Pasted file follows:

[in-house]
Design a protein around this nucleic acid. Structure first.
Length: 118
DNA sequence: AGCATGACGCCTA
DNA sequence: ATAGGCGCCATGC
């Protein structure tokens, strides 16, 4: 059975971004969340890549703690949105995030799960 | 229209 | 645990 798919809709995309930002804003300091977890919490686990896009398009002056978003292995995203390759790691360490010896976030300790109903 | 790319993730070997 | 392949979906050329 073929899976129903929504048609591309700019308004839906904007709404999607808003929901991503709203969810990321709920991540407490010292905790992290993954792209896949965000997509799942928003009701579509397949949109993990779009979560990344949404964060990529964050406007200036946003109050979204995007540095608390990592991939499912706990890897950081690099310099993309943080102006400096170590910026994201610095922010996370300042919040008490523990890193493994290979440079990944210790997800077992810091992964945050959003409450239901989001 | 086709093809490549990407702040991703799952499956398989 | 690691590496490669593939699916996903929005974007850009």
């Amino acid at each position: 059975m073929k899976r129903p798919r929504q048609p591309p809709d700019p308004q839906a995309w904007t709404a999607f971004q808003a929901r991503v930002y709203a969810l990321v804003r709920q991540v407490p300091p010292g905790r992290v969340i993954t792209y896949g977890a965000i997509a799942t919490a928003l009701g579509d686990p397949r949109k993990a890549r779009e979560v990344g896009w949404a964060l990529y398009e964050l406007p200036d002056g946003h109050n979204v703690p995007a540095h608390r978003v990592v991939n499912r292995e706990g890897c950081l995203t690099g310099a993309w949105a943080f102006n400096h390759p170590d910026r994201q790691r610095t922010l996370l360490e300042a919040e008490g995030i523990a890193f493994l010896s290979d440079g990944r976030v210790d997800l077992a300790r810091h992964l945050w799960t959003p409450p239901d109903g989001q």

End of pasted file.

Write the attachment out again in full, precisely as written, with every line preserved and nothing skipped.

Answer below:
[in-house]
Design a protein around this nucleic acid. Structure first.
Length: 118
DNA sequence: AGCATGACGCCTA
DNA sequence: ATAGGCGCCATGC
């Protein structure tokens, strides 16, 4: 059975971004969340890549703690949105995030799960 | 229209 | 645990 798919809709995309930002804003300091977890919490686990896009398009002056978003292995995203390759790691360490010896976030300790109903 | 790319993730070997 | 392949979906050329 073929899976129903929504048609591309700019308004839906904007709404999607808003929901991503709203969810990321709920991540407490010292905790992290993954792209896949965000997509799942928003009701579509397949949109993990779009979560990344949404964060990529964050406007200036946003109050979204995007540095608390990592991939499912706990890897950081690099310099993309943080102006400096170590910026994201610095922010996370300042919040008490523990890193493994290979440079990944210790997800077992810091992964945050959003409450239901989001 | 086709093809490549990407702040991703799952499956398989 | 690691590496490669593939699916996903929005974007850009």
């Amino acid at each position: 059975m073929k899976r129903p798919r929504q048609p591309p809709d700019p308004q839906a995309w904007t709404a999607f971004q808003a929901r991503v930002y709203a969810l990321v804003r709920q991540v407490p300091p010292g905790r992290v969340i993954t792209y896949g977890a965000i997509a799942t919490a928003l009701g579509d686990p397949r949109k993990a890549r779009e979560v990344g896009w949404a964060l990529y398009e964050l406007p200036d002056g946003h109050n979204v703690p995007a540095h608390r978003v990592v991939n499912r292995e706990g890897c950081l995203t690099g310099a993309w949105a943080f102006n400096h390759p170590d910026r994201q790691r610095t922010l996370l360490e300042a919040e008490g995030i523990a890193f493994l010896s290979d440079g990944r976030v210790d997800l077992a300790r810091h992964l945050w799960t959003p409450p239901d109903g989001q």